What could St Hilary mean by this? That man must be redeemed after a fashion consonant with his nature, in all respects? Clearly, but I confess myself wholly ignorant of the Fathers.

Philomythus ad Misomythum...

I will not walk with your progressive apes,
erect and sapient. Before them gapes
the dark abyss to which their progress tends -
if by God's mercy progress ever ends,
and does not ceaselessly revolve the same
unfruitful course with changing of a name.
I will not tread your dusty path and flat,
denoting this and that by this and that,
your world immutable wherein no part
the little maker has with maker's art.
I bow not yet before the Iron Crown,
nor cast my own small golden sceptre down.

In Paradise perchance the eye may stray
from gazing upon everlasting Day
to see the day-illumined, and renew
from mirrored truth the likeness of the True.
Then looking on the Blessed Land 'twill see
that all is as it is, and yet made free:
Salvation changes not, nor yet destroys,
garden nor gardener, children nor their toys.
Evil it will not see, for evil lies
not in God's picture but in crooked eyes,
not in the source but in malicious choice,
and not in sound but in the tuneless voice.
In Paradise they look no more awry;
and though they make anew, they make no lie.
Be sure they still will make, not being dead,
and poets shall have flames upon their head,
and harps whereon their faultless fingers fall:
there each shall choose for ever from the All.
(J.R.R Tolkien to C.S Lewis, Mythopoeia).

Thursday, 12 January 2012


''Its name was Cirith Ungol, a name of dreadful rumour. Aragorn could perhaps have told them that name and its significance; Gandalf would have warned them. But they were alone, and Aragorn was far away, and Gandalf stood amid the ruin of Isengard and strove with Saruman, delayed by treason. Yet even as he spoke his last words to Saruman, and the palantír crashed in fire upon the steps of Orthanc, his thought was ever upon Frodo and Samwise, over the long leagues his mind sought for them in hope and pity.'' (The Lord of the Rings, Book IV, Chapter III).

Wednesday, 11 January 2012


There were three children, two boys and a girl. We were of widely different temperaments, and this was shewn most clearly in everything that we did. When my father allotted to my brother and me lots in the garden, in which we could each do exactly as we pleased, my brother commenced a furious digging, in an attempt to find the centre of the Earth. I planted snowdrops.

Monday, 9 January 2012

The Octave of the Lord's Epiphany...

One of the more reprehensible of the 1955 reforms was the abolition of the Octave of the Epiphany. It seems strange that the Christmass Octave should be retained (not that those of the comites Christi were kept) instead of that of Epiphany; for Christmass is celebrated within the context of the Lord's manifestation to the world, not vice versa, and the Octave of the Epiphany (indeed the feast itself) was far older. Traditionally the Octave Day of the Epiphany marked the Baptism of the Lord, by which He fulfilled all righteousness. But what went through the mind of old Pius when he took it upon himself to break so venerable a tradition upon his will? Whatever the reasons, and I'm sure they fall short of truly justifying anything, I rejoice that there are pockets of orthopraxis out there who have escaped from his shadow. Truly, I mean. I have no time for those Ultramontane types who pay lip service to Tradition, and deserve the words: This people honours me with its lips; but its heart is far from me. (Is. XXIX, 13). The right celebration of Liturgy is a moral activity, and your soul is compromised if, on the Day of Judgement, the only reason you can come up with for acting contrary to the Tradition of the Church is: ''because the pope decided otherwise.''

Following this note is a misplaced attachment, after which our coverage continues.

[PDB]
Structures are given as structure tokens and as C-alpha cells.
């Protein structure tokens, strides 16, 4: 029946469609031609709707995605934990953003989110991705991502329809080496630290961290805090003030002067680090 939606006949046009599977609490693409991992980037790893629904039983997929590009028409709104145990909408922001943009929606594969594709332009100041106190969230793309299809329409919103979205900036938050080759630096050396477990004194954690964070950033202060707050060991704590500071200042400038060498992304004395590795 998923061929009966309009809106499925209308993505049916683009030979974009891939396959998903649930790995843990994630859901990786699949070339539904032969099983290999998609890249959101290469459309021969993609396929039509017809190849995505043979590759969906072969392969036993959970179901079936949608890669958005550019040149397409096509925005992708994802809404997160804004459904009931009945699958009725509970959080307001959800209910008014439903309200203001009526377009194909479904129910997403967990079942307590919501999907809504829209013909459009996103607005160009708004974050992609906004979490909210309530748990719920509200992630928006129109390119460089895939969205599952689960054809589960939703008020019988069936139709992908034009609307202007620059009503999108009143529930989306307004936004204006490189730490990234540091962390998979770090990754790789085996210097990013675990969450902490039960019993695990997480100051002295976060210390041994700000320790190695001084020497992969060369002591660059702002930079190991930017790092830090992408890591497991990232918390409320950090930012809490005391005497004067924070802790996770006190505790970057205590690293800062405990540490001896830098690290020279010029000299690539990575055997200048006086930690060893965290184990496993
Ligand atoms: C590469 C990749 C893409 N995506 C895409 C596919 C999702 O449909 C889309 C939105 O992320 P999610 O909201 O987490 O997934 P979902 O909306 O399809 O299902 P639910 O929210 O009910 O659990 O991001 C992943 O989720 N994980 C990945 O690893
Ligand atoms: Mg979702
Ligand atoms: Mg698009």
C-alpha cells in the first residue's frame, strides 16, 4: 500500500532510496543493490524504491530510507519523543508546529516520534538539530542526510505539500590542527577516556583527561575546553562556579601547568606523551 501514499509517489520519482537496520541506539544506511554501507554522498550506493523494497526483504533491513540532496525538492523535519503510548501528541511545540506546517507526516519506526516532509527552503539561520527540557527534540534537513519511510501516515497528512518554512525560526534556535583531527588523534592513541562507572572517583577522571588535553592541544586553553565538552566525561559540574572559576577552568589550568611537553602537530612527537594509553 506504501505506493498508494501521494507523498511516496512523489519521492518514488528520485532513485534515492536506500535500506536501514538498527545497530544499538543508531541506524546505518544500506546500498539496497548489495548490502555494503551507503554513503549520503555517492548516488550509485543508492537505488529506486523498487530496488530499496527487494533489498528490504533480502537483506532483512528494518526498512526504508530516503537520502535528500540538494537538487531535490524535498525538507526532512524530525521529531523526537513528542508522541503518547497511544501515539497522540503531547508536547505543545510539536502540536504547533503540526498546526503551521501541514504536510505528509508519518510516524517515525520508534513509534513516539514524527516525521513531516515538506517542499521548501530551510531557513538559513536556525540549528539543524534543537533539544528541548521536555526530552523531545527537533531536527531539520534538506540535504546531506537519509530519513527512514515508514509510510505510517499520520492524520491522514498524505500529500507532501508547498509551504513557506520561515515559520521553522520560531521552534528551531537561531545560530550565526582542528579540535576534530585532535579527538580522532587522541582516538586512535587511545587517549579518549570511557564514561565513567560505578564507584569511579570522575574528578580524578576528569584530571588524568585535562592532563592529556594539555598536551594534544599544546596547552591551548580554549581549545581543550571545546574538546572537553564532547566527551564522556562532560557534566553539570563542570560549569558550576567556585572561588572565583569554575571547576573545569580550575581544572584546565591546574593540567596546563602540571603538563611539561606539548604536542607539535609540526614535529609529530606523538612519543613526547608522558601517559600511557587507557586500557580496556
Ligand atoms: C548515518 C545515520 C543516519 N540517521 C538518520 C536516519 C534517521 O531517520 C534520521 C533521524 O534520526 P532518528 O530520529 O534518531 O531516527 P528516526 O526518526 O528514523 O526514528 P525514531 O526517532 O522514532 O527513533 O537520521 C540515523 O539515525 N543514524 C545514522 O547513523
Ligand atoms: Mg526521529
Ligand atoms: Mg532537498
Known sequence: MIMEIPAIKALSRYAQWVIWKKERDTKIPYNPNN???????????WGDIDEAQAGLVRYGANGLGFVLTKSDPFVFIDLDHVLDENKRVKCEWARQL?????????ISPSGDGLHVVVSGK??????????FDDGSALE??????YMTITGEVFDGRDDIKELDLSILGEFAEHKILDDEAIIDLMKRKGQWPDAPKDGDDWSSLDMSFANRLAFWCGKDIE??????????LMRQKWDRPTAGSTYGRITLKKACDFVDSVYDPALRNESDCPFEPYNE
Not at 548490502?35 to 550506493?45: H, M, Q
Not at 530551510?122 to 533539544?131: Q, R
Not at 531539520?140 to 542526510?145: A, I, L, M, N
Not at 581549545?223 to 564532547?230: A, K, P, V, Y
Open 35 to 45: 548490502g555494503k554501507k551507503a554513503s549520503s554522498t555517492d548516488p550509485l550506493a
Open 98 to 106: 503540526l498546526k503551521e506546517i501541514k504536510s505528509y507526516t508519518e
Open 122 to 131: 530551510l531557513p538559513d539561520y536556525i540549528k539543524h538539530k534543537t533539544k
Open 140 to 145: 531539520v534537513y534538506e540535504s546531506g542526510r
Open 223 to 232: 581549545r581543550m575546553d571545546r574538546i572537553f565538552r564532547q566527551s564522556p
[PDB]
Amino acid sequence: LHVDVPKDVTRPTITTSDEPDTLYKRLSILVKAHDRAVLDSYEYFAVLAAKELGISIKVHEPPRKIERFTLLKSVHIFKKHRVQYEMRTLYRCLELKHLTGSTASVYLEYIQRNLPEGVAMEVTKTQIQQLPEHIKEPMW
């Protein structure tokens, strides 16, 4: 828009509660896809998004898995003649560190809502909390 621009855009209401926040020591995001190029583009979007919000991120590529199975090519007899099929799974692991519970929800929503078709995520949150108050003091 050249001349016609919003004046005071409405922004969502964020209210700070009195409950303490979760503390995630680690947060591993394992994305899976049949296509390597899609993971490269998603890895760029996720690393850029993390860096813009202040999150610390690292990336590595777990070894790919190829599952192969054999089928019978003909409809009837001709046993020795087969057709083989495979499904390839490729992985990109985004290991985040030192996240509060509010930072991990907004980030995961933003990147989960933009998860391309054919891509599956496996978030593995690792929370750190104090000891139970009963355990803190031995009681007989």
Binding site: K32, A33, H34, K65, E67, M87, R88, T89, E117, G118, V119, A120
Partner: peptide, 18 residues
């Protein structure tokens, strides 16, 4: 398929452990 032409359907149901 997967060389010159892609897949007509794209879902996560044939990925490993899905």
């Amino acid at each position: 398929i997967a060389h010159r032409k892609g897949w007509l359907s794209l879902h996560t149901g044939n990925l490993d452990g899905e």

So observe the Lord's Octaves (especially local ones), keep his fasts and feasts on their proper, traditional days, and you can't go wrong. Do otherwise and things might very well go ill with you on the Day of Judgement.

Saturday, 7 January 2012

Blessing the River...

A blessed Epiphany to you all! Mine has been uneventful, really. No blessing of the waters (yet), no chalk, etc. I had to work, of course, though spent happy hours last night instructing my Asian friend in the rudiments of the Christian faith, using a sermon of St Leo and some antiphons as examples (per Liturgiam ad Deum, and all that).

Gregory DiPippo of Style over Substance 'blog has written an interesting post about the blessing of the waters on the eve of the Epiphany, which is one of those subjects which demonstrates how truly ecumenical traditional Liturgy is. I am going to St Magnus the Martyr on the Sunday within the Octave, where we're going to solemnly bless the River Thames. Come along if you have a mind.

I wish to convey my best wishes to the Old Kalendrists who are today celebrating the Lord's Nativity, and, of course, belated blessings to the New Kalendar Armenians for yesterday's festivities.

Keeping up appearances...

Tuesday, 3 January 2012


On the Octave day of St John the Evangelist, in the year of Grace 1892, John Ronald Reuel Tolkien was born in Bloemfontein, South Africa. He is 120 years old today! He hasn't quite beat the Old Took yet, but there we are! Incidentally, 2012 will also mark the 75th anniversary of the publication of The Hobbit. Abebooks have a first edition, first impression, hard-back copy of The Hobbit signed by Tolkien himself, in very fine condition. It's only £9500. It would make a very nice birthday present!

The painting is, of course, by Tolkien himself, depicting Bilbo's travail on the Forest River after his escape from the Elven-king's halls in northern Mirkwood. I imagine that Tolkien and Bilbo were very much alike. At any rate The Red Book of Westmarch is the legendarium, preserved in Gondor and the Shire after Bilbo passed into the West.